• G06F11/1076Parity data used in redundant arrays of independent storages, e.g. in RAID systems
    • G06F11/1092Rebuilding, e.g. when physically replacing a failing disk

Abstract

The present disclosure includes apparatus (e.g., computing systems, memory systems, controllers, etc.) and methods for providing data integrity. One or more methods can include, for example: receiving a number of sectors of data to be written to a number of memory devices; appending first metadata corresponding to the number of sectors and including first integrity data to the number of sectors, the first metadata has a particular format; generating second integrity data to be provided in second metadata, the second integrity data corresponding to at least one of the number of sectors (wherein the second metadata has a second format); and generating third integrity data to be provided in the second metadata, the third integrity data including error data corresponding to the second integrity data and the at least one of the number of sectors.

Description

    TECHNICAL FIELD
  • The present disclosure relates generally to semiconductor memory devices, methods, and systems, and more particularly, to apparatus and methods for providing data integrity.
  • BACKGROUND
  • Memory devices are typically provided as internal, semiconductor, integrated circuits in computers or other electronic devices. There are many different types of memory including volatile and non-volatile memory. Volatile memory can require power to maintain its data and includes random-access memory (RAM), dynamic random access memory (DRAM), and synchronous dynamic random access memory (SDRAM), among others. Non-volatile memory can provide persistent data by retaining stored data when not powered and can include NAND flash memory, NOR flash memory, read only memory (ROM), Electrically Erasable Programmable ROM (EEPROM), Erasable Programmable ROM (EPROM), and resistance variable memory such as phase change random access memory (PCRAM), resistive random access memory (RRAM), and magnetoresistive random access memory (MRAM), among others.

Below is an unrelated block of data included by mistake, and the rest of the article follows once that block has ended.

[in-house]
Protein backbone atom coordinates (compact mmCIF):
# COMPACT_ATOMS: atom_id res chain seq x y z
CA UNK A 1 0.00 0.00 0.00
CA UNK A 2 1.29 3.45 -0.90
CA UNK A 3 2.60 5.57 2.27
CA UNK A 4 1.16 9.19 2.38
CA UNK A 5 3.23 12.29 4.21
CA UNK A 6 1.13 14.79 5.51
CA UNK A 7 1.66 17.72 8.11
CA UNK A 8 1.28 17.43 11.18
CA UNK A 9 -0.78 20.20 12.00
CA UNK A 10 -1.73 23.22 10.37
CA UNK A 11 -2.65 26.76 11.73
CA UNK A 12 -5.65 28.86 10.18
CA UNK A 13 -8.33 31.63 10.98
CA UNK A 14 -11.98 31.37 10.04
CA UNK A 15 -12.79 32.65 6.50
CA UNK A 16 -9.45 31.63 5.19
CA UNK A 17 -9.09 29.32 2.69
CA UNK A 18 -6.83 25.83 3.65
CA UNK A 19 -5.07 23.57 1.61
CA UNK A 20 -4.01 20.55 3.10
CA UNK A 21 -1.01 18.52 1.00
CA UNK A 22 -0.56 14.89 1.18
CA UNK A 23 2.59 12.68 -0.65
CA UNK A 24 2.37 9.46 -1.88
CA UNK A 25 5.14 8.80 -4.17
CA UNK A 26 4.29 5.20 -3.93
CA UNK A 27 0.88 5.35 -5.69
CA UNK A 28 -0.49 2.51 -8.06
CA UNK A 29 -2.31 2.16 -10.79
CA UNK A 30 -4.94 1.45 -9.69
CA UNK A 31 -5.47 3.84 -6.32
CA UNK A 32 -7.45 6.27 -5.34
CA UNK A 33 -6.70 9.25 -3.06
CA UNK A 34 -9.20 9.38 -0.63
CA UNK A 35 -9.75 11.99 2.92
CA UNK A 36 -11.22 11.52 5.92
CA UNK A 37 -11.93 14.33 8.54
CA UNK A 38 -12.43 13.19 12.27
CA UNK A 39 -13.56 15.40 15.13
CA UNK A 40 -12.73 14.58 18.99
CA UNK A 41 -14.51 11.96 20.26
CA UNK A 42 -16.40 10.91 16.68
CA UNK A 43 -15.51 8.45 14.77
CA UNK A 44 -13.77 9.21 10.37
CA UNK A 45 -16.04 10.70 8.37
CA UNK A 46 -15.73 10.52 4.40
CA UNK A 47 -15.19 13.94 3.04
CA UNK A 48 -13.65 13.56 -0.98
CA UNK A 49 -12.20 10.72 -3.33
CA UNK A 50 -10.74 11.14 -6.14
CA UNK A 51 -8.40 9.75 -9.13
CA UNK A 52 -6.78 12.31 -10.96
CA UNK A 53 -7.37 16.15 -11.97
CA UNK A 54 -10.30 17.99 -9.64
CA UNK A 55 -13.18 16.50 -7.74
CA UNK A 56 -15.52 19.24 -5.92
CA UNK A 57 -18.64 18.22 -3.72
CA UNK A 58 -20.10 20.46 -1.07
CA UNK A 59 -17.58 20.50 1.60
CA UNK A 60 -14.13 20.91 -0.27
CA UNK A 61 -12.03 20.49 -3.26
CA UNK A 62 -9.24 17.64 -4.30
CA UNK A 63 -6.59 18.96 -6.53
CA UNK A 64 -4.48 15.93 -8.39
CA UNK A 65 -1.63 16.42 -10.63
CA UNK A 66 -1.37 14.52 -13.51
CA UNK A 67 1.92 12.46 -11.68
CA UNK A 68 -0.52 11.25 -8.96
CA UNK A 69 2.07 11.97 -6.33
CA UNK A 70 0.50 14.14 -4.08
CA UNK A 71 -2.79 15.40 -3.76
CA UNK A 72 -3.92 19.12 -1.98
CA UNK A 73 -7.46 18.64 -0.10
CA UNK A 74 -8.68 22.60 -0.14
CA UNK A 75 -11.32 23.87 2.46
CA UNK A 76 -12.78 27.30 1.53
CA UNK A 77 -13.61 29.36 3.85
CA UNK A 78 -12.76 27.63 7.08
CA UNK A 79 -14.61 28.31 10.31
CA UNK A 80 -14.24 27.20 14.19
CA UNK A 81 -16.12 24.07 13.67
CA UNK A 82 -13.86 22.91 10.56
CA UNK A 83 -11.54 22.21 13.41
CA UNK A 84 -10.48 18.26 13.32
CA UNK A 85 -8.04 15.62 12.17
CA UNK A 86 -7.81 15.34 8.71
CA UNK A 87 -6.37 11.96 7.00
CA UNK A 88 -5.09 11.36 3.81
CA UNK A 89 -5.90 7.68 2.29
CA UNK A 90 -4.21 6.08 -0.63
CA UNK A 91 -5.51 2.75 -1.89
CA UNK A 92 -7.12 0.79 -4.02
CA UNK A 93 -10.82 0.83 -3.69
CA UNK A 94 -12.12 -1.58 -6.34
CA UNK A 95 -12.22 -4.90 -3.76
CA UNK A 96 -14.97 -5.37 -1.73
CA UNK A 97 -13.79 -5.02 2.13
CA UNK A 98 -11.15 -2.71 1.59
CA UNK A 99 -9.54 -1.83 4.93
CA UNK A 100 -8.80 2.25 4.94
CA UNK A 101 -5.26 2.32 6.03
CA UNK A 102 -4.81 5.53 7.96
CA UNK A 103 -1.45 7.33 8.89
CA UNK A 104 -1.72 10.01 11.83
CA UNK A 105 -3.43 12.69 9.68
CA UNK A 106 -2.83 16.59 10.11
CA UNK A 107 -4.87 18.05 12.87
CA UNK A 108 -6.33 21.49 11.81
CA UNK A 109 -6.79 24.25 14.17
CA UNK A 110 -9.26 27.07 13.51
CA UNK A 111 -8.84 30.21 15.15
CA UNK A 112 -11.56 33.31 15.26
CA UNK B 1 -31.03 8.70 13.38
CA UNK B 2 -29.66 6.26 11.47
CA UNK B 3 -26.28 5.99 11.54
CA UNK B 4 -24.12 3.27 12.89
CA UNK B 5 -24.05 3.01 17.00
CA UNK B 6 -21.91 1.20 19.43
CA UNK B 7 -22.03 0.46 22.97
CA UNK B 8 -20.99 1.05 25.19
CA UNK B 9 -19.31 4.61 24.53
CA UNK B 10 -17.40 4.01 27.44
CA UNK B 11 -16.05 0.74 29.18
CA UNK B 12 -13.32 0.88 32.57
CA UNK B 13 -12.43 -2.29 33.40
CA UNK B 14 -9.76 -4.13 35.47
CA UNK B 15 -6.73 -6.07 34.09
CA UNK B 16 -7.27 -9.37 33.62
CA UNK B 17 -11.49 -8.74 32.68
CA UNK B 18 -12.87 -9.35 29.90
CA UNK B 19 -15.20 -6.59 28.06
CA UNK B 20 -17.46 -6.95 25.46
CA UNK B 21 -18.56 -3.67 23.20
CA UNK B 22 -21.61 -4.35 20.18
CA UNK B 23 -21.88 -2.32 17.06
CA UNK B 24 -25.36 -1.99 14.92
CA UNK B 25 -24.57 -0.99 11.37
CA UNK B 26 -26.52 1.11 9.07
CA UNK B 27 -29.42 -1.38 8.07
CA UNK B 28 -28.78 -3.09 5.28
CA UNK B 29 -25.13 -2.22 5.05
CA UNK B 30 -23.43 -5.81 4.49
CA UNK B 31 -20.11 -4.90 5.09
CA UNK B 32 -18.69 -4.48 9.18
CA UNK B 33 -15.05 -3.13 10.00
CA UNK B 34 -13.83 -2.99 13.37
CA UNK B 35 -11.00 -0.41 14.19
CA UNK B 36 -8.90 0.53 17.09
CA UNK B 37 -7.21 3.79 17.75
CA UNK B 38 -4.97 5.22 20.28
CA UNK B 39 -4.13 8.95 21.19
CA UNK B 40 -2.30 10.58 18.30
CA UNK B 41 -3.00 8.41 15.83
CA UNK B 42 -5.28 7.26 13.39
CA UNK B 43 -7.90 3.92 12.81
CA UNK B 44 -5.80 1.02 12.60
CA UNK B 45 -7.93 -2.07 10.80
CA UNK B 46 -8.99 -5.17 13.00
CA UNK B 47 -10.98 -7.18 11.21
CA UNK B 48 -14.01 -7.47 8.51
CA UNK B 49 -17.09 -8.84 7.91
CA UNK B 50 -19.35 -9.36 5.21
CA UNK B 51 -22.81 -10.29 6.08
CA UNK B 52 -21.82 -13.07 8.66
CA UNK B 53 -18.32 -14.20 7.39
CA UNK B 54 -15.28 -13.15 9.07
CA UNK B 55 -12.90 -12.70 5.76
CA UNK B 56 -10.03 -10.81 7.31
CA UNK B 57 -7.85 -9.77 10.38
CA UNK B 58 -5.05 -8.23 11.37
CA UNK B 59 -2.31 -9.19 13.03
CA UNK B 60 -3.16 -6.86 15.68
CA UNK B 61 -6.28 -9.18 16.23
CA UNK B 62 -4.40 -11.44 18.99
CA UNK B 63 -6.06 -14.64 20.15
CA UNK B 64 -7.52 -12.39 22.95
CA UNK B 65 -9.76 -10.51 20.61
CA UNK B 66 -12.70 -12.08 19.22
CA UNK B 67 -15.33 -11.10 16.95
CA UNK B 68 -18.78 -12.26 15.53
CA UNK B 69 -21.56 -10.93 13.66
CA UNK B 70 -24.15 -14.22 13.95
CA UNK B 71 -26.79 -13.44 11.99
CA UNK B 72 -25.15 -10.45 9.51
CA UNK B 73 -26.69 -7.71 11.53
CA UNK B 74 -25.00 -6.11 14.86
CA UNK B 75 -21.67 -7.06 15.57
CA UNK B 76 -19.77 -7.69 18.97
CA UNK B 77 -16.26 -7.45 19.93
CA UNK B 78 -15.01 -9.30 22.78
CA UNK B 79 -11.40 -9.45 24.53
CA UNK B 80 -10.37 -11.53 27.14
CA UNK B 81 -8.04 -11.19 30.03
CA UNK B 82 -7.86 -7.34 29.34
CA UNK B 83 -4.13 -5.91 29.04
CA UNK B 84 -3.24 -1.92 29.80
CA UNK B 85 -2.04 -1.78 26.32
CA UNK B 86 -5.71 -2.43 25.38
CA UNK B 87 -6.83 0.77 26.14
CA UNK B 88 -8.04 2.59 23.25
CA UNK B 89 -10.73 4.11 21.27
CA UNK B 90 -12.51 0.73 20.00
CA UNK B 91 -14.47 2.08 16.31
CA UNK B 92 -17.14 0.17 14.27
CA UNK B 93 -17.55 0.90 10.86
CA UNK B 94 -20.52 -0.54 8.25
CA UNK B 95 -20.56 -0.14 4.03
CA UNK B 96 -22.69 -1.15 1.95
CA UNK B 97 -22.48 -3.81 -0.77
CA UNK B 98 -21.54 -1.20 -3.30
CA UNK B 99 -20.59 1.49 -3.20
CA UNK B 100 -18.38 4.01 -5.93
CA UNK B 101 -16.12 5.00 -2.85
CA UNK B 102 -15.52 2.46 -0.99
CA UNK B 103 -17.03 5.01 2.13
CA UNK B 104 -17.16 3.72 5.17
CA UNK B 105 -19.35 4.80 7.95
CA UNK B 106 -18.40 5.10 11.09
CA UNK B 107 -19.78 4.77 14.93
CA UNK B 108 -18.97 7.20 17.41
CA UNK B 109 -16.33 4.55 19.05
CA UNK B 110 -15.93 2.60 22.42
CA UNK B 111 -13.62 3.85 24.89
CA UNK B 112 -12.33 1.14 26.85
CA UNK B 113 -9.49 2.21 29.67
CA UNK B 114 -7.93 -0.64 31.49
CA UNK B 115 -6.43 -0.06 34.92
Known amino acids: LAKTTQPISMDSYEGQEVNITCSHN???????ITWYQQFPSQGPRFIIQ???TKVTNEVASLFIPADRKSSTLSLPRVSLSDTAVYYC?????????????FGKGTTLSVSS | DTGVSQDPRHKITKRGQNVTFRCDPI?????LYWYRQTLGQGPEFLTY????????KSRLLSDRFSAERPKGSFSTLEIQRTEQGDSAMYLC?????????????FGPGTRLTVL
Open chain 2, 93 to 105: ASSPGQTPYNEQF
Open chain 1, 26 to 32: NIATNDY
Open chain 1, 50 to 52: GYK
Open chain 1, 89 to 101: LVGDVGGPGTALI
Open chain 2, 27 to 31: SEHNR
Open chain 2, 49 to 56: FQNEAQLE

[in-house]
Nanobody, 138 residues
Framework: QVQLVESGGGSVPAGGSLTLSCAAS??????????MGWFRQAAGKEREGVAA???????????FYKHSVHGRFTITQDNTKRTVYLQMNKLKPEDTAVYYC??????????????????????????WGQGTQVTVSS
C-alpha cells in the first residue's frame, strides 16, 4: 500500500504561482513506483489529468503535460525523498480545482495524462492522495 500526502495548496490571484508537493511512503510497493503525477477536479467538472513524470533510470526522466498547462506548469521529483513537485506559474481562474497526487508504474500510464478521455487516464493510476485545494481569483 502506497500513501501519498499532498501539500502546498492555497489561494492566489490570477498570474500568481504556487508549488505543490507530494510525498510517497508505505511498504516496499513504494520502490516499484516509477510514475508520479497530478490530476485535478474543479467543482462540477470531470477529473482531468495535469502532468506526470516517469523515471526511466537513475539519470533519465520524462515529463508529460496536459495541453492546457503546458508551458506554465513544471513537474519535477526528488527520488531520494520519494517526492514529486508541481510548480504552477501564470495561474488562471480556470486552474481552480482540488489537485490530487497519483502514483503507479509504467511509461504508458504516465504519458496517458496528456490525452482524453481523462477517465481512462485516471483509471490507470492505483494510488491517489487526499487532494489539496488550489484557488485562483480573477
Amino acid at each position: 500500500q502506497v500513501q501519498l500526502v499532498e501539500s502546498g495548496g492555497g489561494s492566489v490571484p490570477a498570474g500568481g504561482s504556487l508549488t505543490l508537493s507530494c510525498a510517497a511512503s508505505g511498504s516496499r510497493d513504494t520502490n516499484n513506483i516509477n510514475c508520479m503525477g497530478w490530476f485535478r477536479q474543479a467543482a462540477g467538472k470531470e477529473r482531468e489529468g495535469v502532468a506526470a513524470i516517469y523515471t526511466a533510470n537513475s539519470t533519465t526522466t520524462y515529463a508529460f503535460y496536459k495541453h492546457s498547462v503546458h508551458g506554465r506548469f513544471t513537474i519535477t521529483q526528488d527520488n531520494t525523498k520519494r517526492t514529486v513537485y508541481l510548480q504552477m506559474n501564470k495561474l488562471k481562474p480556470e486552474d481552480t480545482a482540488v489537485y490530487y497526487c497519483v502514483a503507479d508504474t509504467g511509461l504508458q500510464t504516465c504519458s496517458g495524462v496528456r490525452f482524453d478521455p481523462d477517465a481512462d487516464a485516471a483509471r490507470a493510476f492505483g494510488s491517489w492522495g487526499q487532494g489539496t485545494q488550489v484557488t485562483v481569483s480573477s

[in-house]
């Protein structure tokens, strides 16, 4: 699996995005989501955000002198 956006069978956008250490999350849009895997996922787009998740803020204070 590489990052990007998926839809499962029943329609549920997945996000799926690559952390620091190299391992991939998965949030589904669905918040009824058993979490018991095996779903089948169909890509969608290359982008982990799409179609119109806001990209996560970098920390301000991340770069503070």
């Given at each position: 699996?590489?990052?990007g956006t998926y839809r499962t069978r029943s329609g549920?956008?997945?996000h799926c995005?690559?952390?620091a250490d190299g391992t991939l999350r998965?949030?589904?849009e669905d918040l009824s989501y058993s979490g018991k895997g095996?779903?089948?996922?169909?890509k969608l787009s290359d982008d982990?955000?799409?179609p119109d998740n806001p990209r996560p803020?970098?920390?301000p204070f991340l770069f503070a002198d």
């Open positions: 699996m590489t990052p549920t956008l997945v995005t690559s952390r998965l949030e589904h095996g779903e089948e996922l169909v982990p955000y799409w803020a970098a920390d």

• Memory devices can be combined together to form a storage volume of a memory system such as a solid state drive (SSD). A solid state drive can include non-volatile memory, e.g., NAND flash memory and NOR flash memory, and/or can include volatile memory, e.g., DRAM and SRAM, among various other types of non-volatile and volatile memory. Flash memory devices, including floating gate flash devices and charge trap flash (CTF) devices using semiconductor-oxide-nitride-oxide-semiconductor and metal-oxide-nitride-oxide-semiconductor capacitor structures that store data in charge traps in the nitride layer, may be utilized as non-volatile memory for a wide range of electronic applications, Flash memory devices typically use a one-transistor memory cell that allows for high memory densities, high reliability, and low power consumption.
  • An SSD can be used to replace hard disk drives as the main storage device for a computer, as the solid state drive can have advantages over hard drives in terms of performance, size, weight, ruggedness, operating temperature range, and power consumption. For example, SSDs can have superior performance when compared to magnetic disk drives due to their lack of moving parts, which may avoid seek time, latency, and other electro-mechanical delays associated with magnetic disk drives. SSD manufacturers can use non-volatile flash memory to create flash SSDs that may not use an internal battery supply, thus allowing the drive to be more versatile and compact.
  • An SSD can include a number of memory devices, e.g., a number of memory chips. A memory device can include a number of dies and/or logical units (LUNs). Each die can include a number of memory arrays and peripheral circuitry thereon, and the memory arrays can include a number of blocks of memory cells organized into a number of physical pages.
  • An SSD can receive commands from a host in association with memory operations such as read and write operations to transfer data (e.g., user data and associated integrity data such as error data and address data, etc.) between the memory devices and the host. It can be beneficial to provide end-to-end integrity of the data transferred between the memory devices and the host in association with such operations in order to provide confidence that the data has not been corrupted during the transfer, for instance.
  • BRIEF DESCRIPTION OF THE DRAWINGS